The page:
Screened as part of NZIFF 2001

Brother 2000

Directed by Kitano Takeshi

France / Japan / UK / USA In English and Japanese with English subtitles
109 minutes 35mm

Director, Screenplay


Jeremy Thomas, Mori Masayuki


Yanagijima Katsumi


Kitano Takeshi, Ota Yoshinori

Production Designer

Isoda Norihiro

Costume Designer

Yamamoto Yohji


Shiratori Mitsugu


Joe Hisaishi


Kitano "Beat" Takeshi (Yamamoto)
Omar Epps (Denny)
Claude Maki (Ken)
Kato Masaya (Shirase)
Royale Watkins (Jay)
Lombardo Boyar (Mo)
Terajima Susumu (Kato)
Ōsugi Ren (Harada)
Ishibashi Ryō (Ishihara)
Tatyana M. Ali (Latifa)
James Shigeta (Sugimoto)
Watari Tetsuya (Jinseika, boss)


For the first time in his career, Brother relocates esteemed Japanese writer/director/actor ‘Beat’ Takeshi Kitano’s tastefully violent vision across the Pacific to the vacant sun-numbed sprawl of downtown Los Angeles. In common with his other Tokyo-set action-packed arthouse films Hana-Bi, Boiling Point and Violent Cop, Brother continues Kitano’s obsession with Japan’s clandestine Yakuza clan, the gangster brotherhood whose each move is informed by a strict code of honour and discipline. It is, in every respect, a classic of its kind; an ultra-stylish East-West Pulp Fiction with manners and Yohji Yamamoto-designed suits. And death. So much beautiful death.

Ken (Maki) and Denny (Epps) are small-time drug pushers in LA, selling their wares in dimly-lit car parks, until Ken’s older, estranged brother, his ‘akini’, Yamamoto (Kitano) arrives from Tokyo, his Yakuza links severed. Within no time, Yamamoto is back on familiar turf, having efficiently bumped off his brother’s supplier and then ruthlessly assassinated LA’s Mexican criminal fraternity.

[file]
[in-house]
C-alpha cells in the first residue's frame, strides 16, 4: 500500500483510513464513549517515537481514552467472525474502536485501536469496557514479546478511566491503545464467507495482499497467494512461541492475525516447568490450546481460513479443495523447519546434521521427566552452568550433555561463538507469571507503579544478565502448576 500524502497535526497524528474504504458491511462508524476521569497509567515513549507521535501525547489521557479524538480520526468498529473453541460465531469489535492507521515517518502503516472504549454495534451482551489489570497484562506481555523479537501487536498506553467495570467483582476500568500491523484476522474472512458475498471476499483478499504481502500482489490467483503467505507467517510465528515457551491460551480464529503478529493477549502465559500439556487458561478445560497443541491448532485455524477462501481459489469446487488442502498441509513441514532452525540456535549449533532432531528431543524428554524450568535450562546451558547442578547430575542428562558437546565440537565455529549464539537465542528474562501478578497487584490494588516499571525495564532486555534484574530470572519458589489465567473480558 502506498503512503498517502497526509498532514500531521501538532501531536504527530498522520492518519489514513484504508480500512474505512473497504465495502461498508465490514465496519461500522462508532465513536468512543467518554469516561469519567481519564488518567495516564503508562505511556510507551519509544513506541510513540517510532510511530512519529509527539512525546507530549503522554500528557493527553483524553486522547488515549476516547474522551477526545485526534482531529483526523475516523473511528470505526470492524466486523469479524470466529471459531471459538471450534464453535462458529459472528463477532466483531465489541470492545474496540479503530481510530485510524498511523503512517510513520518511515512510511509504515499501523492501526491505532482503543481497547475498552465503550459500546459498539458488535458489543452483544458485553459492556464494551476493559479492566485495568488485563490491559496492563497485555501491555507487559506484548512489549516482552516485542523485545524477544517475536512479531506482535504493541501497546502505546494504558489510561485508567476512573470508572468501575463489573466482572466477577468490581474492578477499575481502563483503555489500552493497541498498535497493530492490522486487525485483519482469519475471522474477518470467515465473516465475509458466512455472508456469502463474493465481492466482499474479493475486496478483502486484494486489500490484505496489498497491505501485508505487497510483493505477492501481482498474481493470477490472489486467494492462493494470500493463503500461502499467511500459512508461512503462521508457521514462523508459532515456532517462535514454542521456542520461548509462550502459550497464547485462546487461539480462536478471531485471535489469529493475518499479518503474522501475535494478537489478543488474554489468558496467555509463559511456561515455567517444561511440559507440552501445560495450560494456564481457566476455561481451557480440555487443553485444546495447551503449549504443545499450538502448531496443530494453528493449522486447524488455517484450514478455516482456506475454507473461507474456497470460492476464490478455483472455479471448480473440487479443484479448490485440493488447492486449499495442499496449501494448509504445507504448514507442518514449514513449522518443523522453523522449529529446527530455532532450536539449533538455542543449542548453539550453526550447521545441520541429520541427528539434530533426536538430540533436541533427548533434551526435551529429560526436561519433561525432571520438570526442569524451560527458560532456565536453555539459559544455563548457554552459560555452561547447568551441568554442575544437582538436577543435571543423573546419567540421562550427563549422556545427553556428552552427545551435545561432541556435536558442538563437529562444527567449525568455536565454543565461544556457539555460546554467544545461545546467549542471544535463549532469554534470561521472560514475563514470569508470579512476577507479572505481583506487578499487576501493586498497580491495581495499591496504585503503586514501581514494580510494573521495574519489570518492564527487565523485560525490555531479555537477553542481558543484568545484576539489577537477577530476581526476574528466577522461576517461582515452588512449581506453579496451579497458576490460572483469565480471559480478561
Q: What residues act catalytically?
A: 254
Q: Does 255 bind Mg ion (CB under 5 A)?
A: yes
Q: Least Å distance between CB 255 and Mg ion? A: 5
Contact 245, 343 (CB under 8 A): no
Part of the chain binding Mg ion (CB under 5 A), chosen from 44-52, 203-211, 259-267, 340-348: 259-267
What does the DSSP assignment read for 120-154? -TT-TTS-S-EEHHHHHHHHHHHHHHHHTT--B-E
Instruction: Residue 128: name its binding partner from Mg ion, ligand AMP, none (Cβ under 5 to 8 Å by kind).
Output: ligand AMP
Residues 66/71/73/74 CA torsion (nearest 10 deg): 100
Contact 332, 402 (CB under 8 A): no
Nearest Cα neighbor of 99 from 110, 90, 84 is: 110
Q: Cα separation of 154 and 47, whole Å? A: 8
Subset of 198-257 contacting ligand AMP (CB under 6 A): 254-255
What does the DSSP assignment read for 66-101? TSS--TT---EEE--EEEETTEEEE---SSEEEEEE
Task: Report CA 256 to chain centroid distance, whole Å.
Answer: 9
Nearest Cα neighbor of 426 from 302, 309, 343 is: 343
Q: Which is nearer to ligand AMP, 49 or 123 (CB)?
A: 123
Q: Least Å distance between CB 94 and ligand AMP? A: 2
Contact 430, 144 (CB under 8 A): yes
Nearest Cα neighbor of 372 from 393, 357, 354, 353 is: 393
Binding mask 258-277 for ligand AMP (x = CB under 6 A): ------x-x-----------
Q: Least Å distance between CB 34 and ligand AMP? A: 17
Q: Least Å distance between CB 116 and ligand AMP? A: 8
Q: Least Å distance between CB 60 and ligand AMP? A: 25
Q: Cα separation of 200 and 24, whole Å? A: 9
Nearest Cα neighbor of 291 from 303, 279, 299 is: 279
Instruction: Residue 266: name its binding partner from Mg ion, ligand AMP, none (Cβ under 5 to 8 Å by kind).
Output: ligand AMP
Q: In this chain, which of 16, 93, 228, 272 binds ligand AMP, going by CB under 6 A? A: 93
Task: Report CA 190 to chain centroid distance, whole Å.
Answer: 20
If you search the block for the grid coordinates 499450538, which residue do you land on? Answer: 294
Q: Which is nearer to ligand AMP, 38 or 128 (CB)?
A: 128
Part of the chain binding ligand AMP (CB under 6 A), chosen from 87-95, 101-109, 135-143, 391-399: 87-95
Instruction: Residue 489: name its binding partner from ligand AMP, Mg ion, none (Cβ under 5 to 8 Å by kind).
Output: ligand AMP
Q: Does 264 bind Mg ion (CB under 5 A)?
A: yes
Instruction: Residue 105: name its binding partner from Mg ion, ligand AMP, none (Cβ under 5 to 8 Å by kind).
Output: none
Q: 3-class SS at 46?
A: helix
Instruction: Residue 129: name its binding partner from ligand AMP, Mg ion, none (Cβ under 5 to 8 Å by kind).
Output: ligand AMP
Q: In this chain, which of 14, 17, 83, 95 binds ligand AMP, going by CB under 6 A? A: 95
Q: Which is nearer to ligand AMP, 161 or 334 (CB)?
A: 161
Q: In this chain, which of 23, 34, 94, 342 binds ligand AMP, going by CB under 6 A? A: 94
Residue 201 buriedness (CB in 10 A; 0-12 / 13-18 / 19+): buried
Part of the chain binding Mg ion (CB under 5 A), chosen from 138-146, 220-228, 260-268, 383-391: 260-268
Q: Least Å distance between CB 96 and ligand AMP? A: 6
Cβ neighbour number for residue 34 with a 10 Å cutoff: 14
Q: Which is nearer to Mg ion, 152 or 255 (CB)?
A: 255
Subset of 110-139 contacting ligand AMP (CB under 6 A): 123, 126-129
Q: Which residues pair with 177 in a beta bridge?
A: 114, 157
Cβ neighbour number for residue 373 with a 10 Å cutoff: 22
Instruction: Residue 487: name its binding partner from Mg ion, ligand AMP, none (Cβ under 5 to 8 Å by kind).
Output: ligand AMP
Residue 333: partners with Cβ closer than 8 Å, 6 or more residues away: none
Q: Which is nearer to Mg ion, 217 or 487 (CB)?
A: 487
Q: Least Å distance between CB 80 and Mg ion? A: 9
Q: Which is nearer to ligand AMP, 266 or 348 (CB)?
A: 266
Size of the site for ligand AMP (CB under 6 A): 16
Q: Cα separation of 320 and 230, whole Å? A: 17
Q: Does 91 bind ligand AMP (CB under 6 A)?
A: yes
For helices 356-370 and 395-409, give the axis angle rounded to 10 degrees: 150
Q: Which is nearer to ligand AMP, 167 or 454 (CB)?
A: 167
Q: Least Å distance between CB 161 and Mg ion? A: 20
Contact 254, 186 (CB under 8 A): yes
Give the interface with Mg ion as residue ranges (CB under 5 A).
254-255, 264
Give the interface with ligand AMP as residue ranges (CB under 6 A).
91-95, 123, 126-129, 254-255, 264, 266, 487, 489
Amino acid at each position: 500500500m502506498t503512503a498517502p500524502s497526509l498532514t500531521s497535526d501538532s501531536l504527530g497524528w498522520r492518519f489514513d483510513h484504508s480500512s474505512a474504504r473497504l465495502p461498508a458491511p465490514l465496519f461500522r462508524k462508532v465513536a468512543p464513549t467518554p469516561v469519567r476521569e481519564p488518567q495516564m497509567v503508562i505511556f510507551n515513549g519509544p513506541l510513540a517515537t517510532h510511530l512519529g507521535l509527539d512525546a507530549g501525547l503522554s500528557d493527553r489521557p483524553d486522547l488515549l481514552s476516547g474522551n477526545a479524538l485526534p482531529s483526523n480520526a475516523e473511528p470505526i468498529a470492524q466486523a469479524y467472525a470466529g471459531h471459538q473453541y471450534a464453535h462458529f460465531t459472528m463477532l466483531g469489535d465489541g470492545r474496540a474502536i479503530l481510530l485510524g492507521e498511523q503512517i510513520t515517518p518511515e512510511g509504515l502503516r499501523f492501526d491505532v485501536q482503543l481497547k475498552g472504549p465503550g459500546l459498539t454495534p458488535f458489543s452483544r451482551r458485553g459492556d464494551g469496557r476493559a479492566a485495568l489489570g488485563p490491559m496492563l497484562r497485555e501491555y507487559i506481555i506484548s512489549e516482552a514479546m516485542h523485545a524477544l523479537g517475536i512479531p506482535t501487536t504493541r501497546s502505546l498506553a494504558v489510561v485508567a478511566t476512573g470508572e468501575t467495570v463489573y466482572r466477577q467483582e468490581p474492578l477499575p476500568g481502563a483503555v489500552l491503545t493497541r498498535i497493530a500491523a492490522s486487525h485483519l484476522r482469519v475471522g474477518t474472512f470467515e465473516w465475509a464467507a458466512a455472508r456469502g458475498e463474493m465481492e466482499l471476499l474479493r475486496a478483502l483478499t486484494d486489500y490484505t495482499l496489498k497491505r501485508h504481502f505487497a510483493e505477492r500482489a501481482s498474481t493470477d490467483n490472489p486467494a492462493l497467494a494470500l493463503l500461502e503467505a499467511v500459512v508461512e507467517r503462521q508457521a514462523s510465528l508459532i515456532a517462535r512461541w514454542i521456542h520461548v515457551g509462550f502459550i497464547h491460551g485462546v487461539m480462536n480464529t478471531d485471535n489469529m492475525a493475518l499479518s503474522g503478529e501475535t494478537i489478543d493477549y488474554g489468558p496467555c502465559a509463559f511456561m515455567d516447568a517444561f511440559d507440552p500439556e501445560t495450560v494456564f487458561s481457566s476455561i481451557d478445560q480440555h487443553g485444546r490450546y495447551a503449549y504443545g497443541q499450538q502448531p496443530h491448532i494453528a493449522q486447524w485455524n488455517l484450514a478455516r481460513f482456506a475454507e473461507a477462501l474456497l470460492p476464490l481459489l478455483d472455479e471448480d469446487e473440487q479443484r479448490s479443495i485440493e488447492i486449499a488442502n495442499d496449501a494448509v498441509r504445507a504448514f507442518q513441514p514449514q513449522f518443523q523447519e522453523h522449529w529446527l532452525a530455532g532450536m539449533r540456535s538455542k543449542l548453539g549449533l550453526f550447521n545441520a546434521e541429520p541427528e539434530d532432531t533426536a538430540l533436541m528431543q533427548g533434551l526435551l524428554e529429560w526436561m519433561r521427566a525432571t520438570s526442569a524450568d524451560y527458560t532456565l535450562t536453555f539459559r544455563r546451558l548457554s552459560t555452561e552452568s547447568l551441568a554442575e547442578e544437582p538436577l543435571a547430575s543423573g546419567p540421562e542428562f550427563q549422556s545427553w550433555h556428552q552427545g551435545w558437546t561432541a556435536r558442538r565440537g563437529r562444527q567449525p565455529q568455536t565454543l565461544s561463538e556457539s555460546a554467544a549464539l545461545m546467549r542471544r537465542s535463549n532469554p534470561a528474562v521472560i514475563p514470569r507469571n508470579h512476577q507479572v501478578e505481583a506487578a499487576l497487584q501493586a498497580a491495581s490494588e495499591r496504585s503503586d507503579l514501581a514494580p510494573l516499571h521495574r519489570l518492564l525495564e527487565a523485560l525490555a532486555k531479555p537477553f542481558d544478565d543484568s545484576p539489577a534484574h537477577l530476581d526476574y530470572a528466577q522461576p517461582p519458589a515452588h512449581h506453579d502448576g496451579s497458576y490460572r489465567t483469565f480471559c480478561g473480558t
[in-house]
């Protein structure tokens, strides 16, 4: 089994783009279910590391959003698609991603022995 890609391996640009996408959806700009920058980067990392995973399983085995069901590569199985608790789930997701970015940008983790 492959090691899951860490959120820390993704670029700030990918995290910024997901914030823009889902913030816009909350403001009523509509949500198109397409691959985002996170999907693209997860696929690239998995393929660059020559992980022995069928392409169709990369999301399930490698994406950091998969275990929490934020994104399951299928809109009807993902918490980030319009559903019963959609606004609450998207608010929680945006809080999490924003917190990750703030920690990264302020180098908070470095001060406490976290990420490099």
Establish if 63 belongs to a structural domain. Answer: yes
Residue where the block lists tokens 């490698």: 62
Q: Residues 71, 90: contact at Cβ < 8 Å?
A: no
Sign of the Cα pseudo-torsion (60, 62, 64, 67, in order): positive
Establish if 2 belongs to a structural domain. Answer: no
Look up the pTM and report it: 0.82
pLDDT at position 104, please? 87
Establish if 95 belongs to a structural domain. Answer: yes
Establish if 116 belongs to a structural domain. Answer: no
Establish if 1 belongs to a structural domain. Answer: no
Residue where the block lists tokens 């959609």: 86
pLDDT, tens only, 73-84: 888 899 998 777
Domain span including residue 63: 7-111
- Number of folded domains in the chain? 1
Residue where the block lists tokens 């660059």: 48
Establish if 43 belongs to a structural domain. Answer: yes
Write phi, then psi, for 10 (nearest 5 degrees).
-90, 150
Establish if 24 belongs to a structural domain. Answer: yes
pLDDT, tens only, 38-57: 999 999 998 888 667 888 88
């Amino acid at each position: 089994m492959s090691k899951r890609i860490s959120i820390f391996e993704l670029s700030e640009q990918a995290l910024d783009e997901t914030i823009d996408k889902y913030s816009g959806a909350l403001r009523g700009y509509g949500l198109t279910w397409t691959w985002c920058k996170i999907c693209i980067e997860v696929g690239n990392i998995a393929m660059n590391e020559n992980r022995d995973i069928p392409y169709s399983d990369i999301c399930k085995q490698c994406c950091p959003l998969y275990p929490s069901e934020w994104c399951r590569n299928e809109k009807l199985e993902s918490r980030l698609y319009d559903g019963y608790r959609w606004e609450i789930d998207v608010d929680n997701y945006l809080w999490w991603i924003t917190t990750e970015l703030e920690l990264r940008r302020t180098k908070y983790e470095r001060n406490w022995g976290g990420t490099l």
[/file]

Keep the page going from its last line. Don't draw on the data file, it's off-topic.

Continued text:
Rather than adapt to LA underworld lore, Yamamoto instills the Yakuza’s methods of dignified conduct into his gang’s swelling ranks. It’s a theme echoed in the director’s refusal to compromise with Hollywood convention, as Kitano constructs each shot with a painter’s eye for space and detail, inventing a non-specific LA of clean edges and pale colours, vast loft offices and the sleekest limousines. The violence, too, much as there is (finger-slicing, self-disembowelling, decapitation) is executed with such flair and skill that you can almost forgive the bloody desecration of all those bespoke suits.

So successful is Yamamoto’s gang that soon they merge with rival crime baron Shirase (Kato), only to discover the Mafia demanding a cut of their profits. They refuse and war breaks out, Yamamoto plainly aware that no-one, least of all his group of eager amateurs, takes on the Mafia and wins.

A simple tale told with style by a man in complete mastery of his art, Brother astonishes from start to finish. — Piers Martin, NME, 19/3/01

It’s my Pearl Harbor. I’m attacking American culture head-on – and just like the Japanese in WWII, I’m failing miserably. — Kitano Takeshi, San Francisco Bay Guardian, 25/4/01